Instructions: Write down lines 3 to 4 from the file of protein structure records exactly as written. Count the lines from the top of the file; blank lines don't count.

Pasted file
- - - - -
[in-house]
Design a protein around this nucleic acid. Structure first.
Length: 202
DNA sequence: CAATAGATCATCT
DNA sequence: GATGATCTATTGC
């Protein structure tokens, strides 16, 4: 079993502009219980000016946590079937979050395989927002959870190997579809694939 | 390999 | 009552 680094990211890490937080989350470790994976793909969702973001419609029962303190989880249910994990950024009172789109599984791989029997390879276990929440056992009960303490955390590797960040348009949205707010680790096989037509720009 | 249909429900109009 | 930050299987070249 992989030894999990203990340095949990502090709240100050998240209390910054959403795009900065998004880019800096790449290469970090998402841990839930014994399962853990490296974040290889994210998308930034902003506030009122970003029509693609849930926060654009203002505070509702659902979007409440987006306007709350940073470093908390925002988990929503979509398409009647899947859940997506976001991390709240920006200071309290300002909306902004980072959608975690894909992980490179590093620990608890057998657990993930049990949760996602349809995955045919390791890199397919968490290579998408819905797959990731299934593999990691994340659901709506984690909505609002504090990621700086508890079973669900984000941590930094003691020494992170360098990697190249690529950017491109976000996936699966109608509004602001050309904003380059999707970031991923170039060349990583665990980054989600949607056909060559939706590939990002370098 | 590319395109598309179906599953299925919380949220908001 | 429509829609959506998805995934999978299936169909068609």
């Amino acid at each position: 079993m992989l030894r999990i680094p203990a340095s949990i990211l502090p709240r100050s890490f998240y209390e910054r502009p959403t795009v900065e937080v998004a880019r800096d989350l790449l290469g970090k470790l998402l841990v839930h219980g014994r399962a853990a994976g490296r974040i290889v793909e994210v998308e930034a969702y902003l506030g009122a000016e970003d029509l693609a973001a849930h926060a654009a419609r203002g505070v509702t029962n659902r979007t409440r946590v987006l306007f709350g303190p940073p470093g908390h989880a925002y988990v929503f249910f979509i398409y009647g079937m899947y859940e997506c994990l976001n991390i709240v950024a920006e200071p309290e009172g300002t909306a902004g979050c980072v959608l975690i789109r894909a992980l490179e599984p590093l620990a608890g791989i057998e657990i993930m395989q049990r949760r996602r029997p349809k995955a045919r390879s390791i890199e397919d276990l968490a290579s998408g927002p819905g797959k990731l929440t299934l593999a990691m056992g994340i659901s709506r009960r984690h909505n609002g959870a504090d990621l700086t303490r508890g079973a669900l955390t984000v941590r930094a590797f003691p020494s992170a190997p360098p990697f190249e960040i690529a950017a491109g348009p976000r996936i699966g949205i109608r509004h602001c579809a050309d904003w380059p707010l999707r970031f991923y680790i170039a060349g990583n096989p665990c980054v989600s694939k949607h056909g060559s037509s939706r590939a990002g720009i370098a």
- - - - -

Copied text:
Length: 202
DNA sequence: CAATAGATCATCT